Pakistani security officials say they believe the head of the al-Qaida terror network, Osama bin Laden, is hiding somewhere in Pakistan, or in the rugged border region between Pakistan and Afghanistan. The recent arrest of a top bin Laden aide has yeilded new information about the terror chief's whereabouts.
Pakistani security officials say material seized during the arrest of Khalid Shaikh Mohammed indicates the al-Qaida chief is alive and hiding somewhere in the region. They say the information came from handwritten letters from Osama bin Laden, a computer and other equipment seized in the raid to capture Mr. Mohammed.
The terror suspect also reportedly told his captors that he was in contact with the al-Qaida leader until recently.
Pakistan government ministers are insisting that bin Laden is not in Pakistan. But they acknowledge that the arrest of Khalid Shaikh Mohammed gives them enough information to arrest more al-Qaida operatives hiding in the country.
U.S. officials have yet to comment on the Pakistani statement.
It is still not known for certain whether al-Qaida chief bin Laden survived the U.S.-led strikes against his hideouts in Afghanistan in late 2001.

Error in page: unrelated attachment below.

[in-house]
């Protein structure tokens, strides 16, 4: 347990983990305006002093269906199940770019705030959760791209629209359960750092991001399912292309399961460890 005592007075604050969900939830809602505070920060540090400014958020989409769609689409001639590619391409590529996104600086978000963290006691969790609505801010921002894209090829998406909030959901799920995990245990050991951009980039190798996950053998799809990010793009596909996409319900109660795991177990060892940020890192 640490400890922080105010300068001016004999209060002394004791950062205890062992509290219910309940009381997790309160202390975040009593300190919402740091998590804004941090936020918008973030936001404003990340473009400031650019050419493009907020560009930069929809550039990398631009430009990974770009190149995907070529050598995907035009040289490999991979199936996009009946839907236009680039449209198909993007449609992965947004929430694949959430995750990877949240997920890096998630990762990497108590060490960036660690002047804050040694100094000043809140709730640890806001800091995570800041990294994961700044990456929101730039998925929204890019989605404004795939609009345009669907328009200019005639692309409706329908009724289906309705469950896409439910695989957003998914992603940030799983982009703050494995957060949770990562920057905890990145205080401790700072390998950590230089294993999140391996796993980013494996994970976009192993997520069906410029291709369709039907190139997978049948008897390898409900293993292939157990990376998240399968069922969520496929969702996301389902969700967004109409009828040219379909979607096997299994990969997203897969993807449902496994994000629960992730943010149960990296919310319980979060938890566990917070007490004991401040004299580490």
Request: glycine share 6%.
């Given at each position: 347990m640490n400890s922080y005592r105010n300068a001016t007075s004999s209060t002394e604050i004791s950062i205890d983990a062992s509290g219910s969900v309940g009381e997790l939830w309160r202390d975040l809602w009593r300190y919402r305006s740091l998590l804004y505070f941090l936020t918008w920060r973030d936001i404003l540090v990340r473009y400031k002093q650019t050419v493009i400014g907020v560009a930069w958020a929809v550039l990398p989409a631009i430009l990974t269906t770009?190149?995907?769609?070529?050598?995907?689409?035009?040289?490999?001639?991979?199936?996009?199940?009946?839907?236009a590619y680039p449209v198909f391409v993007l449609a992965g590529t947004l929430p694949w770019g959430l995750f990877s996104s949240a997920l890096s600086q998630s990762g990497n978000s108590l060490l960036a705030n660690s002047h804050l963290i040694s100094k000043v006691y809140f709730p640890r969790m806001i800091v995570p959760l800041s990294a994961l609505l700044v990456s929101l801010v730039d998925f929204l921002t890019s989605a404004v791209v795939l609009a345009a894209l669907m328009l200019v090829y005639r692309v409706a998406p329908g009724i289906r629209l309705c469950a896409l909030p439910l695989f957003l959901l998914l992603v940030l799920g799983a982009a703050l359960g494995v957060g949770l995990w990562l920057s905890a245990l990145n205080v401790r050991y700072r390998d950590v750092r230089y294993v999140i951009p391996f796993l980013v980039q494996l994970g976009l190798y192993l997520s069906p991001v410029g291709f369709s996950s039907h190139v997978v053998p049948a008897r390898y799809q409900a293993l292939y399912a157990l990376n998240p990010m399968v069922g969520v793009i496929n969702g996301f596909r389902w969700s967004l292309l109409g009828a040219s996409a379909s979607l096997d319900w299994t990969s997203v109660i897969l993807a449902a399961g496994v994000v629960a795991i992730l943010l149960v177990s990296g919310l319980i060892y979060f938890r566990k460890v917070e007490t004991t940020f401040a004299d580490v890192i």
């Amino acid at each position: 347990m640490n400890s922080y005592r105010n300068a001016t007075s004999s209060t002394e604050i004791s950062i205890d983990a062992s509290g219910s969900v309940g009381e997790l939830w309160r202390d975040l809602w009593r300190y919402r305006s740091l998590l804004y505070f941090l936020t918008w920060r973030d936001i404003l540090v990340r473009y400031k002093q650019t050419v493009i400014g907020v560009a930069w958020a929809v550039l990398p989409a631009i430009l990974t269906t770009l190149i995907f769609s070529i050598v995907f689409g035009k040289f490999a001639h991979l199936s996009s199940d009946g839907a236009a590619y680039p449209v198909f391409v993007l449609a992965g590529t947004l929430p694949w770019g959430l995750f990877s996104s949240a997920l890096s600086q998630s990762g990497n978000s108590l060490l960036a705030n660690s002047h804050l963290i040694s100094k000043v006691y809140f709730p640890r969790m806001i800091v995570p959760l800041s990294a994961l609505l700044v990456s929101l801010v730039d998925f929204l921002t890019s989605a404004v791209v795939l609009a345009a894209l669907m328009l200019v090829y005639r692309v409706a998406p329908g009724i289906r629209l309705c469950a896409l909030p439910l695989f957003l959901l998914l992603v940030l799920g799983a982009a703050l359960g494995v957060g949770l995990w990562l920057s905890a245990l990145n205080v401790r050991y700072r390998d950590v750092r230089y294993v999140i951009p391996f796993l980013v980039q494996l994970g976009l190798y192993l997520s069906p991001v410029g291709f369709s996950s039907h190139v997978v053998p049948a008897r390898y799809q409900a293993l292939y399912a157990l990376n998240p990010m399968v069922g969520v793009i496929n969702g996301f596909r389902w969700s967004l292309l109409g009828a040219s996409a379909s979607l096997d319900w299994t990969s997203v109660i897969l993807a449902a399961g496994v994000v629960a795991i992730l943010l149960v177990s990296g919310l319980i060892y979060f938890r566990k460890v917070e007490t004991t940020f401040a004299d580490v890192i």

Pakistani authorities captured Khalid Shaikh Mohammed in a house near the Pakistani capital along with a Saudi national, Mustafa Ahmed al-Hawsawi, and a Pakistani man, Abdul Qadoos Ahmed.
Mr. Mohammed and his Saudi colleague were interrogated for several hours in Pakistan before being turned over to U.S. authorities. The Pakistani detained with them is still being detained in Pakistan.
U.S. leaders are hailing the capture of Khalid Shaikh Mohammed as an important victory against terrorism. They believe the al-Qaida suspect is the operational planner of the September 11 terrorist attacks on U.S. cities.
Mr. Mohammed is also suspected of involvement in several other deadly strikes against U.S. facilities outside the country. The United States had offered up to $25 million for information leading to his arrest.